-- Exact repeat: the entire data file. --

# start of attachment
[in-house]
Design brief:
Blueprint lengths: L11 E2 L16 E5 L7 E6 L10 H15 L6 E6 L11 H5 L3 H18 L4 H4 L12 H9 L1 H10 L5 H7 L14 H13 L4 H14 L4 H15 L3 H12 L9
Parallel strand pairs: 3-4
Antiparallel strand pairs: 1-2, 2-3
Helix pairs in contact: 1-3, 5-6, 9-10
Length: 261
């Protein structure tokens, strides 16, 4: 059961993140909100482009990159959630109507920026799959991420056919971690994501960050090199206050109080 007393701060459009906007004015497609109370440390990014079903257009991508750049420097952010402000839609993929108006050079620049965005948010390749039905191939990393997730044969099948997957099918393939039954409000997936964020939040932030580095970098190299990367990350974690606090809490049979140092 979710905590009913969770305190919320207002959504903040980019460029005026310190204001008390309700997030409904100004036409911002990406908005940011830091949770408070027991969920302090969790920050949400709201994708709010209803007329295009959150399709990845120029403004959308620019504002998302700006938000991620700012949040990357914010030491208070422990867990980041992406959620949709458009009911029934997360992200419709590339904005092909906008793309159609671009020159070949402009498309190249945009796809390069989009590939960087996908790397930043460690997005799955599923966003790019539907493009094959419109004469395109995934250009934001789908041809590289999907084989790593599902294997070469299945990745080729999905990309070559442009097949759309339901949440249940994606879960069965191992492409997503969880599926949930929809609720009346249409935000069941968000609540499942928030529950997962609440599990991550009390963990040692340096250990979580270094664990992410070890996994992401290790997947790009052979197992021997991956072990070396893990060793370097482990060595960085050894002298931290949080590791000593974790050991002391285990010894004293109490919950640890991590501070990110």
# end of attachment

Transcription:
[in-house]
Design brief:
Blueprint lengths: L11 E2 L16 E5 L7 E6 L10 H15 L6 E6 L11 H5 L3 H18 L4 H4 L12 H9 L1 H10 L5 H7 L14 H13 L4 H14 L4 H15 L3 H12 L9
Parallel strand pairs: 3-4
Antiparallel strand pairs: 1-2, 2-3
Helix pairs in contact: 1-3, 5-6, 9-10
Length: 261
């Protein structure tokens, strides 16, 4: 059961993140909100482009990159959630109507920026799959991420056919971690994501960050090199206050109080 007393701060459009906007004015497609109370440390990014079903257009991508750049420097952010402000839609993929108006050079620049965005948010390749039905191939990393997730044969099948997957099918393939039954409000997936964020939040932030580095970098190299990367990350974690606090809490049979140092 979710905590009913969770305190919320207002959504903040980019460029005026310190204001008390309700997030409904100004036409911002990406908005940011830091949770408070027991969920302090969790920050949400709201994708709010209803007329295009959150399709990845120029403004959308620019504002998302700006938000991620700012949040990357914010030491208070422990867990980041992406959620949709458009009911029934997360992200419709590339904005092909906008793309159609671009020159070949402009498309190249945009796809390069989009590939960087996908790397930043460690997005799955599923966003790019539907493009094959419109004469395109995934250009934001789908041809590289999907084989790593599902294997070469299945990745080729999905990309070559442009097949759309339901949440249940994606879960069965191992492409997503969880599926949930929809609720009346249409935000069941968000609540499942928030529950997962609440599990991550009390963990040692340096250990979580270094664990992410070890996994992401290790997947790009052979197992021997991956072990070396893990060793370097482990060595960085050894002298931290949080590791000593974790050991002391285990010894004293109490919950640890991590501070990110």